OpenSignal has released their State of LTE report for 2016, which gives us a good look at the accessibility of 4G LTE all over the world. The report is a culmination of efforts and analysis of 17 billion measurements collected from half million OpenSignal users.
Starting off with the availability of 4G (time users remain connected to a 4G connection), South Korea leads the pack with 95.7% connectivity to an LTE network, making 4G as geographically ubiquitous as 3G in the country. Seeing that both Samsung and LG are based off of South Korea and are frequently chosen to test drive the latest mobile technology, the high proliferation of 4G services does not surprise us.
While South Korea has the highest prevalence of 4G, the crown for best speeds goes to Singapore (albeit South Korea did compete closely for it). Average download speeds over 4G connections came out to be 45.9 Mbps, the highest average speed in the world. It is very likely that countries in the near future will be able to breach the 50 Mbps average due to continued investment and advancement in the mobile network sector.
Global 4G speeds averaged 17.4 Mbps despite several countries going over 20 Mbps. As this is an average, it is heavily affected by the population numbers of the country. So countries with high speeds but small population are unable to properly offset countries with low speeds and large population, thus bringing down the global average. Further, speeds also do not always equate with consistency and availability, meaning that you can have high 4G speeds but poor proliferation of the network overall.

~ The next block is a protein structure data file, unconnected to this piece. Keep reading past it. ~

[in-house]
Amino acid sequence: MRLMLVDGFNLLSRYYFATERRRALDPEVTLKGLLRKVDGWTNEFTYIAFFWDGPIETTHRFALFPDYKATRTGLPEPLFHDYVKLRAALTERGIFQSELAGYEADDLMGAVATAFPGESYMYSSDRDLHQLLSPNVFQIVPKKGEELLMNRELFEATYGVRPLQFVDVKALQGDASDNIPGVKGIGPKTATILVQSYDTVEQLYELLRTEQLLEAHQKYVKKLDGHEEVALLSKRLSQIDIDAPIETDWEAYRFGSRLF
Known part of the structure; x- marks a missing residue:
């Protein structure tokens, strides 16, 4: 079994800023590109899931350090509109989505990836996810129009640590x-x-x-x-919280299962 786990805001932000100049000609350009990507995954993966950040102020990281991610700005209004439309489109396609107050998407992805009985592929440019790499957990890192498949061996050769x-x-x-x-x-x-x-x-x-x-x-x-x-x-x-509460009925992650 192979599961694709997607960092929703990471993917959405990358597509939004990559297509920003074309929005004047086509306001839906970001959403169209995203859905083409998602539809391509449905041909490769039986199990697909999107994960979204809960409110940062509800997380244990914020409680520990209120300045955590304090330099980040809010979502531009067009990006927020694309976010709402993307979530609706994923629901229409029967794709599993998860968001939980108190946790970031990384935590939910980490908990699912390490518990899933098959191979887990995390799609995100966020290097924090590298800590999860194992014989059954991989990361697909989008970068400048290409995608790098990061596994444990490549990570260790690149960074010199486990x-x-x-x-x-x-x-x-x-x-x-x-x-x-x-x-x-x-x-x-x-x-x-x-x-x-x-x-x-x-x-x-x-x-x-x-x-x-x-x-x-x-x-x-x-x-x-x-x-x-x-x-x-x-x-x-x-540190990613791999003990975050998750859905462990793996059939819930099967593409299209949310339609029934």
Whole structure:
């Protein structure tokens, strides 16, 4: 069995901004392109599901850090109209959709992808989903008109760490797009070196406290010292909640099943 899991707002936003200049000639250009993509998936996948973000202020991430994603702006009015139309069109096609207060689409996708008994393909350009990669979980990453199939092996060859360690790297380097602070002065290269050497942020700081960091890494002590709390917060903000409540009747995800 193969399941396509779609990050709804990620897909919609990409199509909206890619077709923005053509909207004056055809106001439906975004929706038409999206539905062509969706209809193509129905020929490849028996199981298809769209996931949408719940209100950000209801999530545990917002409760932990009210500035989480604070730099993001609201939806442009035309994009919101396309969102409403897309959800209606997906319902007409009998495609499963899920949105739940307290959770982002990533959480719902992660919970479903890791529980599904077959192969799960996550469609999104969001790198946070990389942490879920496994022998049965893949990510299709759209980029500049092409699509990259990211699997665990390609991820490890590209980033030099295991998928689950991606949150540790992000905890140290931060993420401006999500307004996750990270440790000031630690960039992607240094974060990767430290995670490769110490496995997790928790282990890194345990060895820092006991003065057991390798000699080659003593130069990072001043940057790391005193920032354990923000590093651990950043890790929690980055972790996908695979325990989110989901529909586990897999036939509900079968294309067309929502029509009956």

The surprising number is the speed average for USA, which comes in at 14 Mbps, well below the global speed average. Although speeds in urban areas with high coverage might be well above this number, there are large swatches of land which may not have access to such high speed connections. Similarly, India’s speed average is a measly 6.4 Mbps, which surprises me personally as an optimistic figure.
To take a better look at the interactive charts and more data, do check out OpenSignal’s Full Report.
What are your thoughts on the LTE Report? Do you think it represents the situation fairly? Are the figures practically relatable to what you experience? Let us know your thoughts in the comments below!